Some thoughts on concussion

Concussion is a strange beast. We know what to do with extra-durals (we think) but what do we do with concussion. We don’t even know what it means or what is going on at a cellular level. Yeah the CT looks normal but that doesn’t mean the brain is normal. Certainly, patients with concussion type symptoms don’t feel or behave normally.

So what do we do with a condition like that? Study it lots and come up with consensus statements like this one.

It’s a good read and it’s freely available. Concussion is something we see A LOT of and we need to think a little beyond “is there blood in the brain or not”

The evidence behind all this isn’t wonderful (in terms of high level RCT) but the paper does provide some useful insight into what to tell patients. I’ve given some highlights with commentary below.

Concussion is defined as a complex pathophysiological process affecting the brain, induced by traumatic biomechanical forces. Several common features that incorporate clinical, pathologic and biomechanical injury constructs that may be utilised in defining the nature of a concussive head injury include:

While wordy, it’s fairy accurate – “we haven’t much of a clue but there’s a lot going on.”

1. Concussion may be caused either by a direct blow to the head, face, neck or elsewhere on the body with an ‘‘impulsive’’ force transmitted to the head.

2. Concussion typically results in the rapid onset of short-lived impairment of neurologic function that resolves spontaneously.

3. Concussion may result in neuropathological changes but the acute clinical symptoms largely reflect a functional disturbance rather than a structural injury.

4. Concussion results in a graded set of clinical symptoms that may or may not involve loss of consciousness. Resolution of the clinical and cognitive symptoms typically follows a sequential course; however it is important to note that in a small percentage of cases however, postconcussive symptoms may be prolonged.

5. No abnormality on standard structural neuroimaging studies is seen in concussion.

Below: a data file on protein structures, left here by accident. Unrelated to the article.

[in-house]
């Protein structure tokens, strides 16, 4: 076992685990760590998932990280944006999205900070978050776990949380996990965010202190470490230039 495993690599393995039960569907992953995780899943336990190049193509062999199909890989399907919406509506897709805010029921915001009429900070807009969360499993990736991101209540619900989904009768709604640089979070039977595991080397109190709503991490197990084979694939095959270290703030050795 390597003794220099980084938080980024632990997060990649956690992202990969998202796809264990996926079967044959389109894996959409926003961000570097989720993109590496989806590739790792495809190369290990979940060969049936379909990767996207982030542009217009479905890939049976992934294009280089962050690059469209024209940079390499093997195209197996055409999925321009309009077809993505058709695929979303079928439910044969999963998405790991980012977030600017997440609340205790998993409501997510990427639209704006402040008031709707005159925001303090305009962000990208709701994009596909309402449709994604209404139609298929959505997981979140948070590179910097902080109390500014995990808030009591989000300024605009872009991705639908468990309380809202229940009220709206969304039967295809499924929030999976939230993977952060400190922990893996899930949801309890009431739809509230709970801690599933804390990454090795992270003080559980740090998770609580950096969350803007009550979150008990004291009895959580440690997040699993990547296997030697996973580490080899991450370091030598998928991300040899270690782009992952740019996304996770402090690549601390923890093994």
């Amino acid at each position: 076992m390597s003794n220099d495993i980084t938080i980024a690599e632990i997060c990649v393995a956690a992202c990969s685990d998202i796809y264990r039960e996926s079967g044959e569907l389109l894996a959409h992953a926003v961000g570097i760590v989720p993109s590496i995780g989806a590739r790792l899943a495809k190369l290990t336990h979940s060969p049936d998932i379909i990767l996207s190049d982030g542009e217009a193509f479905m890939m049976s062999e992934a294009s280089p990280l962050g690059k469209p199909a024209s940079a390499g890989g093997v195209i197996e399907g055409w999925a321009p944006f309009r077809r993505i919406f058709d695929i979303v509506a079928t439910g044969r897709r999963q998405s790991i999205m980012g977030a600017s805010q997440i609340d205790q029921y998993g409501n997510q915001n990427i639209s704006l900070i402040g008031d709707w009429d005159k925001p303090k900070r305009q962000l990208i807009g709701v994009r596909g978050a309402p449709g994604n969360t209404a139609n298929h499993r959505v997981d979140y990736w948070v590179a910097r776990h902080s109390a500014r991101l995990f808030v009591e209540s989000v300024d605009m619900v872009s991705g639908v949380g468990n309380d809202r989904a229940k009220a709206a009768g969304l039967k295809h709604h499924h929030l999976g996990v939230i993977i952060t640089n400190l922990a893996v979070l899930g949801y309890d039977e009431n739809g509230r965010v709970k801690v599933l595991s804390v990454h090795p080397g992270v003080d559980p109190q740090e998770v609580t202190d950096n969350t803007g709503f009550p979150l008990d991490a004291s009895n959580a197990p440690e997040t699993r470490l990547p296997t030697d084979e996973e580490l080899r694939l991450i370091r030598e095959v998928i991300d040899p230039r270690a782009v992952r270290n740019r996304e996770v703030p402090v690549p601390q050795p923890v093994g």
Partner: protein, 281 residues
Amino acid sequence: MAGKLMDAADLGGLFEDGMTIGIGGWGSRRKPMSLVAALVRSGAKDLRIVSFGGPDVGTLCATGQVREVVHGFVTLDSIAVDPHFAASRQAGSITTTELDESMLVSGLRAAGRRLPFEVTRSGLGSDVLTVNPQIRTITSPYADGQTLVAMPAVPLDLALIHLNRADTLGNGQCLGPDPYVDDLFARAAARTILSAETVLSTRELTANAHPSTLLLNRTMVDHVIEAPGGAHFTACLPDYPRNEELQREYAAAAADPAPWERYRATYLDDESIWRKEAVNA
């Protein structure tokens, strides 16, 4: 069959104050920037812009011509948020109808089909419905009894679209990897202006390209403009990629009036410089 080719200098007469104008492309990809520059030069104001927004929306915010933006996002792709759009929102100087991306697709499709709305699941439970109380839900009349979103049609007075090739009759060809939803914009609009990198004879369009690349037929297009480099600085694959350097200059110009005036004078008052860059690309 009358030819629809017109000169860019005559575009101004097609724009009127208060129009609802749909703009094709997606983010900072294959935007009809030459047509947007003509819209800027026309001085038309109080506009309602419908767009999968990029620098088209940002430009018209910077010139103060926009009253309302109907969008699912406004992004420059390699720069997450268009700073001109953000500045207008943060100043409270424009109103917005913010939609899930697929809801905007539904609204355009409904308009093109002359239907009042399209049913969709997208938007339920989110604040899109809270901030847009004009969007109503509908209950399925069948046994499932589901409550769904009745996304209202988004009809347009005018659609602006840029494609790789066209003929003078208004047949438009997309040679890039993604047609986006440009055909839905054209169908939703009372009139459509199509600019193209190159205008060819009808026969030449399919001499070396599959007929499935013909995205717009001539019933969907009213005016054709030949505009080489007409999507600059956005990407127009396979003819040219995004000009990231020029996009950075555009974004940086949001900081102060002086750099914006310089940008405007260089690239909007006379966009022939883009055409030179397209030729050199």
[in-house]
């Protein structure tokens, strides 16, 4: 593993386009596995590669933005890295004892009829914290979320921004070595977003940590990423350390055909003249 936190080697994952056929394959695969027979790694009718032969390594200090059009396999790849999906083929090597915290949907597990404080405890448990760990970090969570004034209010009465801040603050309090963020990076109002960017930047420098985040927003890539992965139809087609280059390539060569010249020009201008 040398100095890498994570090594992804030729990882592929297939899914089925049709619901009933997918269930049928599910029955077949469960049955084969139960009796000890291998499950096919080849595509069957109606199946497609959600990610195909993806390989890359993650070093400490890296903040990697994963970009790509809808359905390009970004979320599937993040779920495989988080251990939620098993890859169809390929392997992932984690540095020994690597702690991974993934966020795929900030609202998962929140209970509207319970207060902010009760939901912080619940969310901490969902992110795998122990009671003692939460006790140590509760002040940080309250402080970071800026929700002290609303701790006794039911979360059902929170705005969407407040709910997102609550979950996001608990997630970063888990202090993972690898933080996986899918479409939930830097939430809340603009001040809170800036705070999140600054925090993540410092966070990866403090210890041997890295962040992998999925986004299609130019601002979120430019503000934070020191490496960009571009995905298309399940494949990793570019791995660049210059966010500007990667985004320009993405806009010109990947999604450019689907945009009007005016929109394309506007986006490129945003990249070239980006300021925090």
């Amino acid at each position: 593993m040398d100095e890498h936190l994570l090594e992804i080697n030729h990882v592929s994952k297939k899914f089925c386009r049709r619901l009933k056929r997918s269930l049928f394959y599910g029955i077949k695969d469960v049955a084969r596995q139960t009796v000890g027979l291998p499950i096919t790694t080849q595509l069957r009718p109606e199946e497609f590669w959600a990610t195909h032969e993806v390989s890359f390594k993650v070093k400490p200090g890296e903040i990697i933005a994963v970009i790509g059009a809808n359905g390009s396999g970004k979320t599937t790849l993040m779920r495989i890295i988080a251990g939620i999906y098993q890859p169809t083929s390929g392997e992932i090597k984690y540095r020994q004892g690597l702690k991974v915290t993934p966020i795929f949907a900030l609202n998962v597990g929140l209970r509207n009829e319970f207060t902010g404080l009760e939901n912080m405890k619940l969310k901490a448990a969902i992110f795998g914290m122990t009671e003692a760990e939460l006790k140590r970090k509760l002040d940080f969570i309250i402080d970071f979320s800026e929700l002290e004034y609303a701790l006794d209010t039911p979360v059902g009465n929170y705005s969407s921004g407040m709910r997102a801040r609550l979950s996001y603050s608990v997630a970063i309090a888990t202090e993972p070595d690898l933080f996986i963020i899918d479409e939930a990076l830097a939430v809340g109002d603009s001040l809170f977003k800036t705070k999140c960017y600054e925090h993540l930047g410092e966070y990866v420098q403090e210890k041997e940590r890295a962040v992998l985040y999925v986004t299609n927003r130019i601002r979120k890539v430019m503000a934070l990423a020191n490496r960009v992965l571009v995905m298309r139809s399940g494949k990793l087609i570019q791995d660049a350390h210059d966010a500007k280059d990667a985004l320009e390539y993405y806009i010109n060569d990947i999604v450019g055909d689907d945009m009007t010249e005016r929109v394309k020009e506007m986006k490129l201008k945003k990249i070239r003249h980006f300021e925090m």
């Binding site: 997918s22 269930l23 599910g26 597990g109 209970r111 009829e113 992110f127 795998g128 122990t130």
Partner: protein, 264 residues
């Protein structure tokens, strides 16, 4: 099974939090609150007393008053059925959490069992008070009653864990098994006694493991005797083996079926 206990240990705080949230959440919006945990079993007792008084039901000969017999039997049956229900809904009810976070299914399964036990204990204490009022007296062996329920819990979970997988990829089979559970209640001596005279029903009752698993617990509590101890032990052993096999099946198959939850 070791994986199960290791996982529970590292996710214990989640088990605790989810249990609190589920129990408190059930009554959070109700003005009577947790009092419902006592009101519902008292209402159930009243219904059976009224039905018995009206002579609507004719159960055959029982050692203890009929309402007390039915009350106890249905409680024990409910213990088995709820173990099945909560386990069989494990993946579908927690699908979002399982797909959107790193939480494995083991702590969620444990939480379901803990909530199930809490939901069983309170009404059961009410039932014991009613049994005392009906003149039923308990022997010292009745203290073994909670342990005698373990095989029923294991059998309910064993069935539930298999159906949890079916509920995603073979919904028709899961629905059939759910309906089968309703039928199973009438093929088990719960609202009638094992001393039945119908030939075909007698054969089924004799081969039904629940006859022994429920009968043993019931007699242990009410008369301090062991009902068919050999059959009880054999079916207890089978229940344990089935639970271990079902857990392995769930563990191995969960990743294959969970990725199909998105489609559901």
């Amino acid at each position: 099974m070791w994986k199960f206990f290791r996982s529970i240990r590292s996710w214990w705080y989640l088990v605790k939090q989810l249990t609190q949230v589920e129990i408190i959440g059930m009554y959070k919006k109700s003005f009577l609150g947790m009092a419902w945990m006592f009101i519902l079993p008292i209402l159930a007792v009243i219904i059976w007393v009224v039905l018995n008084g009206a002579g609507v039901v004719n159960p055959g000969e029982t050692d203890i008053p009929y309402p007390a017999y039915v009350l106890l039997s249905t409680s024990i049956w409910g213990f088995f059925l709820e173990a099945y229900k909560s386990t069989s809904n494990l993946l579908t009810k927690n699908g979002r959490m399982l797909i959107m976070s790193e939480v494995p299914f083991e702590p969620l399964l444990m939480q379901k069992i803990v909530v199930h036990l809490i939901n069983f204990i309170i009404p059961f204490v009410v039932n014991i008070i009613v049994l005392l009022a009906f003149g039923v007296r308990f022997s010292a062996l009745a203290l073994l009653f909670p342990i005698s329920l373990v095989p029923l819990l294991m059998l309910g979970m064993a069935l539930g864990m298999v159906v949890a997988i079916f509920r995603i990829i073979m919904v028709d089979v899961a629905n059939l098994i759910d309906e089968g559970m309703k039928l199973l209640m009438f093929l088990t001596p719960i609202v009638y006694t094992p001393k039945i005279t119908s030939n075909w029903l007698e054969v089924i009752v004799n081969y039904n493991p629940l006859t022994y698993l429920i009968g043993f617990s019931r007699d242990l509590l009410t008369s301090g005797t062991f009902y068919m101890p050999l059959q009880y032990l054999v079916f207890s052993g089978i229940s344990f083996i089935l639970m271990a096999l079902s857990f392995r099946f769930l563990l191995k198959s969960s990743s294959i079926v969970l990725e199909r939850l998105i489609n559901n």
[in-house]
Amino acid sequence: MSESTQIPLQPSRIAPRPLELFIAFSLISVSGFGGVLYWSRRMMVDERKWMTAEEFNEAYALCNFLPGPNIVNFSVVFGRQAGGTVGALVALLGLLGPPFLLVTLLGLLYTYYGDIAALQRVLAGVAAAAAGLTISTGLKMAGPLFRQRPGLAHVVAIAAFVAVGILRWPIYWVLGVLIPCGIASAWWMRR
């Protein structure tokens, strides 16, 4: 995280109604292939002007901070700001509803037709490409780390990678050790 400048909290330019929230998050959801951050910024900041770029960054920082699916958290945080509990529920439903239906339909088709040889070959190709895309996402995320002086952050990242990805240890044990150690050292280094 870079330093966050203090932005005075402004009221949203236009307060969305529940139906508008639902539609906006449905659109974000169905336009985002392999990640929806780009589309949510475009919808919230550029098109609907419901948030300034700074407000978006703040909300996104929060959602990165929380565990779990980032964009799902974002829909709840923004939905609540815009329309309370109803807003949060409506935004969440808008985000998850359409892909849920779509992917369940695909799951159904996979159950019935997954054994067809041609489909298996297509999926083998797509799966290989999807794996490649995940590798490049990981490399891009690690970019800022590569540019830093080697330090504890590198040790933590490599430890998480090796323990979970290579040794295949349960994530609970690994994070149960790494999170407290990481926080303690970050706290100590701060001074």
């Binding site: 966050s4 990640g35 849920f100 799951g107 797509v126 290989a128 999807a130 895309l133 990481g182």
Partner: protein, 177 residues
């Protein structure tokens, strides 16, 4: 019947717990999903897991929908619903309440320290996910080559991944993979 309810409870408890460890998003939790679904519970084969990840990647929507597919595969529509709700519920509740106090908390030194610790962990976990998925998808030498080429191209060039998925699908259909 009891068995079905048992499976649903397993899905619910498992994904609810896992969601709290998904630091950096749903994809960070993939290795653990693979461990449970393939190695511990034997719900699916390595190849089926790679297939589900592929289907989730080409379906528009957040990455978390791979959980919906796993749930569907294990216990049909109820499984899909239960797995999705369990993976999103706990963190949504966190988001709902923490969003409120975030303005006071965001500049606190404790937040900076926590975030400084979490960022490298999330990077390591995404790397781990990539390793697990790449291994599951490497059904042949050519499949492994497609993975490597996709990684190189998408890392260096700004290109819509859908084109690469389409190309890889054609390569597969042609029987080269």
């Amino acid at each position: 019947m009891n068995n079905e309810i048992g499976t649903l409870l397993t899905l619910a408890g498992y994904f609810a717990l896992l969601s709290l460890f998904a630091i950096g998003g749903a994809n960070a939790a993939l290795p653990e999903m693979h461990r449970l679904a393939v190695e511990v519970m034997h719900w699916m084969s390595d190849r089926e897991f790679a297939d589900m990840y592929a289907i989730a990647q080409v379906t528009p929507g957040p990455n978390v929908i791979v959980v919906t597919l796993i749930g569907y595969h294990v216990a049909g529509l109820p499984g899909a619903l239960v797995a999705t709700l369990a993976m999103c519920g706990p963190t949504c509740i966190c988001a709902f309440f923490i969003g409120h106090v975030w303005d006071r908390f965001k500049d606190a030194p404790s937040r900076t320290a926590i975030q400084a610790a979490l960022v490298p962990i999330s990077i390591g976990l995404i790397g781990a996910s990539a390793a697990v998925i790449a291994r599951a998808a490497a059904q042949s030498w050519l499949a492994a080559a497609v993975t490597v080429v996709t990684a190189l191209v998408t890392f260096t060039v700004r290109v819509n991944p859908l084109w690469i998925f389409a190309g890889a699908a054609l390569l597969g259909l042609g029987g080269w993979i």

This is what I try to explain to patients – though obviously it needs translated into patient speak. Typically I will spend a good 5 minutes talking to patient and family following evaluation for a bump on the head like this. Time well spent for a disease which we have no other intervention for. Talking to patients – hard bloody work but worth it.

The panel however unanimously retained the concept that the majority (80–90%) of concussions resolve in a short (7–10 day) period

I don’t use the numbers in discussion (though I might now) and I say 10-14 rather than 7-10 days but they get the point that most people are better quickly

brain CT (or where available, MR brain scan) contributes little to concussion evaluation

DO NOT SCAN FOR CONCUSSION. Of course – it’s not always that easy to tell but a scan will not help in the slightest for concussion

It is worth noting that standard orientation questions (eg, time, place, person) have been shown to be unreliable in the sporting situation when compared with memory assessment.

I don’t currently do formal memory assessments – it usually becomes clear in the situation (when the patient asks for the 4th time what happened…) that memory is an issue

The cornerstone of concussion management is physical and cognitive rest until symptoms resolve and then a graded programme of exertion prior to medical clearance and return to play

Generally each step should take 24 hours so that an athlete would take approximately one week to proceed through the full rehabilitation protocol once they are asymptomatic at rest and with provocative exercise.

In my current ED we see a lot of young sports players (mainly rugby) whose first question is when can they get back to play

Epidemiological studies have suggested an association between repeated sports concussions during a career and late life cognitive impairment

This is something that seems to reinforce the significance of concussion for patients.

There is no good clinical evidence that currently available protective equipment will prevent concussion

While it seems there’s evidence for helmets reducing fractures, there seems to be none for reducing concussion.

Well worth the read.

McCrory, P, W Meeuwisse, K Johnston, J Dvorak, M Aubry, M Molloy, and R Cantu. “Consensus Statement on Concussion in Sport: the 3rd International Conference on Concussion in Sport Held in Zurich, November 2008..” 43:i76–90, 2009. PMID 19433429

Anatomy for Emergency Medicine 009: Brain Herniation

This is a quick run through of the 3 main brain herniation syndromes. Enjoy